Celebrate Christmas in New Orleans
Unbeknownst to many, New Orleans is a premier destination for Christmas celebrations throughout the month of December. The temperature is usually rather mild through mid-January, and the celebrations across the city truly never stop. From the much-romanticized dining and drinking options throughout the city to lesser-known family-friendly events, your holiday season will be enjoyable for everyone with a trip down to New Orleans.
Whether you plan to arrive early in the month or closer to Christmas day, there are plenty of events across the city to keep you and your group occupied. Month-long events include the legendary Celebration in the Oaks, which features amusement park rides, eggnog, and other holiday-themed drinks (alcoholic and non-alcoholic), as well as an impressive light show featuring the ever endearing 12 Yats of Christmas. Celebration in the Oaks is now in its 33rd year and takes place daily from November 29 to January 1, with the exception of Christmas Eve and New Year’s Eve.
The Roosevelt New Orleans, a Waldorf Astoria Hotel is another must-see month-long attraction for its lobby holiday décor, which features over 600,000 LED lights and over 50 Christmas trees. The holiday display began in the 1930s and carries a long legacy in the community. The trees will be up from November 26 through January 4. In addition to the lobby display, the hotel also hosts its annual Teddy Bear Tea, where children and their families are transported to the North Pole for a holiday celebration unlike any other.
If you already know your travel dates, some of the below events may catch your interest and do not run throughout the entire month of December:
NOLA Christmas Fest: December 20 – 31
Enjoy fun, games, prizes, ice skating, and more at the Ernest N. Morial Convention Center.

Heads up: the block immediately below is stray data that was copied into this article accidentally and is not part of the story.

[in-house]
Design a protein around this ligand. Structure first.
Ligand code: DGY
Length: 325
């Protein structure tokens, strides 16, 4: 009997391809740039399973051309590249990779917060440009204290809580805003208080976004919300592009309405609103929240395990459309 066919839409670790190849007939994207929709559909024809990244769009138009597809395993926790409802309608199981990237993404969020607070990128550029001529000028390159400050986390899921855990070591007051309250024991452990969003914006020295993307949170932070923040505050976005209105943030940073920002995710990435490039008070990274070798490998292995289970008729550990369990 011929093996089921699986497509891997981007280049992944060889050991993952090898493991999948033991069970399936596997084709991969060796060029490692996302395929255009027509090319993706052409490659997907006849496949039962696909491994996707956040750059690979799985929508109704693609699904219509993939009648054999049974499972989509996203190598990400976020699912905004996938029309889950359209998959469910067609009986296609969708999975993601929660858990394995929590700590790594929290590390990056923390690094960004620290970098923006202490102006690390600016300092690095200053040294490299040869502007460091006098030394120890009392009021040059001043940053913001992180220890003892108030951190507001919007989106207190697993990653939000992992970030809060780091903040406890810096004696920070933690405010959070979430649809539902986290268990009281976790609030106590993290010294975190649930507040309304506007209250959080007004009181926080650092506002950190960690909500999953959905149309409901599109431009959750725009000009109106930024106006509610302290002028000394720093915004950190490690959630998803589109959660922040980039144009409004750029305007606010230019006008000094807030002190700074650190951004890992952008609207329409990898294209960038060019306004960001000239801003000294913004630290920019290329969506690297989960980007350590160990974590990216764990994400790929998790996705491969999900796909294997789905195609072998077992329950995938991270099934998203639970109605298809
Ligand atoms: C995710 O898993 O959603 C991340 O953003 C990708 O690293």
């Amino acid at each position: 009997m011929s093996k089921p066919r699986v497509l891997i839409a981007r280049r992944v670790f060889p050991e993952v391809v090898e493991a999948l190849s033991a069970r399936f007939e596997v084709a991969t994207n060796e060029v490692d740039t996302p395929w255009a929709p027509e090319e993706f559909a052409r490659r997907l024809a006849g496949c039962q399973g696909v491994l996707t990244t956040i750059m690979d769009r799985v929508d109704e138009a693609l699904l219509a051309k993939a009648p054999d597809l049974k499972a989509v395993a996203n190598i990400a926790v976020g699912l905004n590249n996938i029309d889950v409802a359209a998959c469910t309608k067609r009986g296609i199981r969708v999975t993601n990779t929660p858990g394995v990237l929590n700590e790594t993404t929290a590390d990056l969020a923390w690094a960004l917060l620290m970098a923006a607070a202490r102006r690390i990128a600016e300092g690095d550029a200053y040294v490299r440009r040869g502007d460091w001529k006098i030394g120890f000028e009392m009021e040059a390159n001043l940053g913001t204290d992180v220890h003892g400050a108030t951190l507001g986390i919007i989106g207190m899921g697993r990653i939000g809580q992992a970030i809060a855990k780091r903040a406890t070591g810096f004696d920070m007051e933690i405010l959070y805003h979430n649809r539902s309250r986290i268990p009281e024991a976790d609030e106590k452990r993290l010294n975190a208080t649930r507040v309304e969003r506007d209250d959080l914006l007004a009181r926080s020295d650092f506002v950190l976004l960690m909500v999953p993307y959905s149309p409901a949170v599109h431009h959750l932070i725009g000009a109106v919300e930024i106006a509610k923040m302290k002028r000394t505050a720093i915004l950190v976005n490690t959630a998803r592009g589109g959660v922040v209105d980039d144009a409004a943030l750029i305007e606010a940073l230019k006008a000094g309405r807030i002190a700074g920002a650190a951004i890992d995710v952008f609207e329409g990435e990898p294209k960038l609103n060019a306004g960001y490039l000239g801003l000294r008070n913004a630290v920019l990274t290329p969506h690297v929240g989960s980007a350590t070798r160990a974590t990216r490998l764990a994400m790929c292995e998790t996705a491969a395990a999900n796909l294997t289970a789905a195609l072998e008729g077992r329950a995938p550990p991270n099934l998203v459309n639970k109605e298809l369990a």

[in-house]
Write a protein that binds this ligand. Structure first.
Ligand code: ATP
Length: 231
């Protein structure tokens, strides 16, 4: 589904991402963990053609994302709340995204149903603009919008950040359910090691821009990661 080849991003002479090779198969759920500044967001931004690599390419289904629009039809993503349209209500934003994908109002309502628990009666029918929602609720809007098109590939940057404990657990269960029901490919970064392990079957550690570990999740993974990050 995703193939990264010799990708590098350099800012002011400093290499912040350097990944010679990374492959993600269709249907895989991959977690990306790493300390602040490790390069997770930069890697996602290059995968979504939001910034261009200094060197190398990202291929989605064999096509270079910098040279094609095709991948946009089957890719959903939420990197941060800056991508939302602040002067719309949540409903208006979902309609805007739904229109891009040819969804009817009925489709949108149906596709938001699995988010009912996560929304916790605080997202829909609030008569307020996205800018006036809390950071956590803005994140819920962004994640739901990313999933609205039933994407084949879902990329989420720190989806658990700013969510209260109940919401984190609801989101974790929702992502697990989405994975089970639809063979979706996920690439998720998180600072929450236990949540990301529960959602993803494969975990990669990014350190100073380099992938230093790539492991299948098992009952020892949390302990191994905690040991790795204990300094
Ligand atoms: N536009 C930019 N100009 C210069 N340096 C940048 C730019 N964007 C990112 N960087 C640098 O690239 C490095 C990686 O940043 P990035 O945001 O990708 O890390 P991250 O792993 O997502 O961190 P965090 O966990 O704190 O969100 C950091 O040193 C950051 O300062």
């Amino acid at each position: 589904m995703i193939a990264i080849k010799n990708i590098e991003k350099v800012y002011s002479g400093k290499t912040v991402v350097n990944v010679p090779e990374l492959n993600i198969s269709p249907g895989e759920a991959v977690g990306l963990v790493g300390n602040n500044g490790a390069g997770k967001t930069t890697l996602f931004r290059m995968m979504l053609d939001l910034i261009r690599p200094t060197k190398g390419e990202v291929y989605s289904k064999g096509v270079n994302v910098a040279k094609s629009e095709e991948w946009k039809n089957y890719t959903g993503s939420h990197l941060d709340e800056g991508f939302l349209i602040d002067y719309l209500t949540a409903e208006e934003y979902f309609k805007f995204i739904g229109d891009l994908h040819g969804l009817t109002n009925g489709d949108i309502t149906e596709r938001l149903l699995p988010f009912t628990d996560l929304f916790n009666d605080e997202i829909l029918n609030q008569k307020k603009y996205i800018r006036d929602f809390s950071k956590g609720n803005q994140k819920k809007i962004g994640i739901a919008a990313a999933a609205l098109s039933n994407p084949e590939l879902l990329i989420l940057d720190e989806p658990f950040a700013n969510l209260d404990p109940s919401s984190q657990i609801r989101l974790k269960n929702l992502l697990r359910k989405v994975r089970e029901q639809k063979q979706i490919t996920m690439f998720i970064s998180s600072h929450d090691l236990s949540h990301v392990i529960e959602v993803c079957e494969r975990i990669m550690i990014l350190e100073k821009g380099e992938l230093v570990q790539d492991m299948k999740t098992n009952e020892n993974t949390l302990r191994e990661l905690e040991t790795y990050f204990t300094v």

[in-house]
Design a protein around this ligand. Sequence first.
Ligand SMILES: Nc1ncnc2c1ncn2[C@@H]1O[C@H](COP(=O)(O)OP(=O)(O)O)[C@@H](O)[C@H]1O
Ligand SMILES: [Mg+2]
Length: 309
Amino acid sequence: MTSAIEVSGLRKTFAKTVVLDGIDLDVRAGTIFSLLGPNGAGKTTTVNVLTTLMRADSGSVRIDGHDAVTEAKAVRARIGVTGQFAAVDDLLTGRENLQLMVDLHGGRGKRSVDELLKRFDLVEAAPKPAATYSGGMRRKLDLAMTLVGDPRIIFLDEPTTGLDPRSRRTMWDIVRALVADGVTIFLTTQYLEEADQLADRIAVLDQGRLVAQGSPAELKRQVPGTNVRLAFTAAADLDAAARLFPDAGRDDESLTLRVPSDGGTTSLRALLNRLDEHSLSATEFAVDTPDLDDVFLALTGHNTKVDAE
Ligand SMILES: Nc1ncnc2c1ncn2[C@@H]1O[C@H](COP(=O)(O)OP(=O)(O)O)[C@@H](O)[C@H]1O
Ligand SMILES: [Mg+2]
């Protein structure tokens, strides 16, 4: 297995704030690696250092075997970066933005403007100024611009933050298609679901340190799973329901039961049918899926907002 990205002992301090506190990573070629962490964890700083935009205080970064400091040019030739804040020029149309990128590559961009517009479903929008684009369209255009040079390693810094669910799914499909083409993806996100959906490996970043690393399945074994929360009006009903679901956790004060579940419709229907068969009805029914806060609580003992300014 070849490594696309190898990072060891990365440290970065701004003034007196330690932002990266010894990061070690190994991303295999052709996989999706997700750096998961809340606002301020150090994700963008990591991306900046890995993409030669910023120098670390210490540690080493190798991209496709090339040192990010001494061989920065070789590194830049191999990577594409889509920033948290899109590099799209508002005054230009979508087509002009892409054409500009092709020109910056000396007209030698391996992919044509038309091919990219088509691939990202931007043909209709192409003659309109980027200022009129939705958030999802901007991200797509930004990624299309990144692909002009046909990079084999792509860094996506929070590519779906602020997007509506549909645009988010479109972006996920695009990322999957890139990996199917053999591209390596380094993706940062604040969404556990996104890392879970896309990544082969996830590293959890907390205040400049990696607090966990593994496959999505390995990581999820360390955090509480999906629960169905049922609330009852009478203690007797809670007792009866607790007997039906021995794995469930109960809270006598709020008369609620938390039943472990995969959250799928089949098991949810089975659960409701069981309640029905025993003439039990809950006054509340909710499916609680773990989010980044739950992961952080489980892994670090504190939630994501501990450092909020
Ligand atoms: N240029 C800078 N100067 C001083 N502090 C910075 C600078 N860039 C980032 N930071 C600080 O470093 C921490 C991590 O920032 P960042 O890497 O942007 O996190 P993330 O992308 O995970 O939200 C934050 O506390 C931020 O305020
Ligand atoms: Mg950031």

Caroling in Jackson Square: December 22
Every year, thousands of people converge on Jackson Square to bond together and sing loud for all to hear. Candles provide a soft glow while carols fly across the air.
Christmas Eve Bonfires on the Levee: December 24
Intended to light the way for Papa Noel, the Cajun Santa Claus, this tradition dates back to the earliest Cajun settlers in Louisiana.
Time to Dine
A Christmas season in New Orleans is not complete without a few indulgences along the way. For those looking for a prix fixe option to satisfy the whole family, look for restaurants’ Reveillon menus. Reveillon is celebrated each December and originally came from the Creole tradition in the early 1800s of hosting a big family meal after midnight mass. Now, some of the best restaurants in the city provide Creole-inspired menus for all to taste priced at $49 or less for four-course and three-course dinners. In addition to Reveillon dinners, make sure to try a holiday cocktail during your travels throughout the city, whether paired with the meal or on its own.
In addition, many hotels in the Central Business District and French Quarter host a Christmas Day Brunch Buffet, with live music and seemingly every category of food that you could possibly want. The Roosevelt is one of the hotels that host a Christmas Day Brunch.
Sugar Bowl and NYE
The celebrations in New Orleans in December don’t end with Christmas. After Santa makes his departure, fans of the best college football teams in the country descend upon New Orleans for the annual Sugar Bowl, which takes place on New Year’s Day, and features a team from the SEC and the Big 12. The teams celebrate with the Sugar Bowl Parade through the French Quarter on New Year’s Eve, and the festivities include a New Year’s Eve Bash and concert at Jax Brewery at night. A New Orleans New Year’s Eve may be just what the doctor ordered to bring a fresh and unique experience to a night routinely saved for overpriced open bars. Many places you’ll come across have no cover and the usual well-priced offerings.
Christmas in New Orleans is truly one of the more magical times of the year. Fine dining is on display through the entire month, there are plenty of events available for groups of all kind, and you can still catch so much of the local culture on display with parades, light shows, appearances by Santa, and even two home games for the Saints!
Know Before You Go
- New Orleans is known as “The Big Easy.”
- The National WWII Museum is one of the top-rated museums in the country. Don’t miss checking it out!
- The famous Café Du Monde is open 24 hours a day to get your beignet fix.
- If you plan to go during Mardi Gras, pack comfortable shoes that you don’t mind getting dirty.